Scene from i Don't Feel at Home in this World Anymore

If you’re like us, you sometimes fire up Netflix and then spend the next 30 minutes scrolling through movies trying to find something that catches your eye. We know it can be tough; there are so many choices, narrowing it down to the exact movie or show you’re in the mood for can be downright impossible. Do you go for a movie you’ve never heard of but is popular among Netflix users, or do you rewatch "Breaking Bad" for the seventh time?

Sometimes, the greatest thrill is discovering something that’s been flying under your radar. If you’re chasing that feeling, you’ve come to the right place. There’s so much to discover on Netflix, ranging from the sublime to the ridiculous and back again. Let’s take a look at underrated Netflix gems to add to your must-watch list.

Updated on June 18, 2021: Netflix’s library of movies is always changing, and we’ve updated this list to reflect what the most underrated films on the streamer currently are. Whether you’re looking for a hilarious comedy, a heartbreaking romance, or a terrifying horror flick, we’ve got you covered with this up-to-date collection of must-watch Netflix gems.

Dolemite is My Name

Eddie Murphy in Dolemite is My Name

You might be wondering what "Dolemite is My Name" is doing on a list of "underrated" movies when the film was a favorite among critics and was nominated for a few awards, although it was most noticeably snubbed by the Academy, not receiving any Oscar nominations. The film is on this list precisely because of the snubs it received. It’s a shame the movie didn’t get more recognition, because "Dolemite is My Name" is terrific.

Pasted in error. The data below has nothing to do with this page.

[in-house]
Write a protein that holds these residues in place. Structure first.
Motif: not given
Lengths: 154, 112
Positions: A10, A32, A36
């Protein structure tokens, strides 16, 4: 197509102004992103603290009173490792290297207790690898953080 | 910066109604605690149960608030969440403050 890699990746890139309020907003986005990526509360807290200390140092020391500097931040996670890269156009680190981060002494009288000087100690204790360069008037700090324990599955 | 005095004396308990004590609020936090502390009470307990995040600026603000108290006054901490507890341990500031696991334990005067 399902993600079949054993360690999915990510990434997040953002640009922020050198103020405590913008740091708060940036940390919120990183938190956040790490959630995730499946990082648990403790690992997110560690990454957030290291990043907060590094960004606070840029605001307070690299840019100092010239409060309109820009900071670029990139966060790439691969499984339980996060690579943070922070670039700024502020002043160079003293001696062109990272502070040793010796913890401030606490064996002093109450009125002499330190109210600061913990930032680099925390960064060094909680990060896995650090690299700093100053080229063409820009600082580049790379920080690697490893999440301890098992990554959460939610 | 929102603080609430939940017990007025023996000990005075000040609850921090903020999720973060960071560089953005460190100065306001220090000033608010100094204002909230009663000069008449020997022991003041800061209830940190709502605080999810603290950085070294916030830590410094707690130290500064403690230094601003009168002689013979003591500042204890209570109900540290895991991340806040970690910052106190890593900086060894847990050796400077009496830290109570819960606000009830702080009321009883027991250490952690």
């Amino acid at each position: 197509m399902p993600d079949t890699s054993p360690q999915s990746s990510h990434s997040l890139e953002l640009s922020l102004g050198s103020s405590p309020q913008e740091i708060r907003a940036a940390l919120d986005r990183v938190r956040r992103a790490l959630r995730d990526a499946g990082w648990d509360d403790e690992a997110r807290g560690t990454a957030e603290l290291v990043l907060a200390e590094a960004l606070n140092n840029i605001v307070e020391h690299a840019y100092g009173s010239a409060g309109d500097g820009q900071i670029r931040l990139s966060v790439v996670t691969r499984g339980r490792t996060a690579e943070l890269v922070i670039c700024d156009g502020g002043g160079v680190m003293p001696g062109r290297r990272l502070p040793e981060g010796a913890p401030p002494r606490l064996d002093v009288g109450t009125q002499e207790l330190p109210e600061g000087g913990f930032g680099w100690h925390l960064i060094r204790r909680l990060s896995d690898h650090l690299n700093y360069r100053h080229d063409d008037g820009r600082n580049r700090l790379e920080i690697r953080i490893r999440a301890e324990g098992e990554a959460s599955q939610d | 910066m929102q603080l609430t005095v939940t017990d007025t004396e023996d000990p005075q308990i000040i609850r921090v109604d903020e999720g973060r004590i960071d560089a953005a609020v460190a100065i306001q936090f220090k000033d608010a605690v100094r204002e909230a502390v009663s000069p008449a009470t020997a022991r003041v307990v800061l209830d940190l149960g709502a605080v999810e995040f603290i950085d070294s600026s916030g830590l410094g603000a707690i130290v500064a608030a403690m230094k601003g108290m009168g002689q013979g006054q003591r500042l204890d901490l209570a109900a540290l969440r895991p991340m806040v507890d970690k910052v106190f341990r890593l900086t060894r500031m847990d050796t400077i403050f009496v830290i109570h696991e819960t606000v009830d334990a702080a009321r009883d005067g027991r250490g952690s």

It tells the story of Rudy Ray Moore, comedian and Blaxploitation actor known for his "Dolemite" movies. The movie covers Moore’s life during the period right before he became a star through to when his first film opens in Los Angeles. Eddie Murphy, in a comeback of sorts, does an outstanding job as Moore. According to screenwriters Scott Alexander and Larry Karaszewski ("Ed Wood," "Man on the Moon"), Murphy was their only choice, and they wrote the script with him in mind. The three had met way back in 2003 and bonded over their love of Moore.

Not only is Murphy great as Moore but his co-stars are amazing, too. Wesley Snipes is wonderful playing the director of "Dolemite," D’Urville Martin, and Da’Vine Joy Randolph is tremendous as Lady Reed, Moore’s long-time friend and confidant. The costumes, by Oscar-winning designer Ruth E. Carter ("Black Panther") are also a stand out in this well-made comedy.

I Don’t Feel at Home in this World Anymore

Scene from I Don't Feel at Home in this World Anymore

"I Don’t Feel at Home in This World Anymore" is another original film from Netflix that deserves a place on your must-watch list. Actor Macon Blair ("Green Room," "Blue Ruin") wrote and directed this comedy thriller starring Melanie Lynskey and Elijah Wood. The movie is about a woman, recently robbed of a laptop, who joins her slightly weird neighbor in trying to track it down when the police won’t do anything about it. The two are soon in over their heads, and mayhem — as well as a fair amount of disturbing humor — ensues.

Blair’s double duty as writer/director works well here, as he’s crafted a tight little movie that feels like a throwback to the sort of low-budget, quirky independent features so rarely get attention these days. Lynskey performance as Ruth is pretty terrific, bringing life to an "everywoman" who finally has had enough. Wood has, in the past few years, excelled at playing the weirdo, and his role as Tony here is no exception.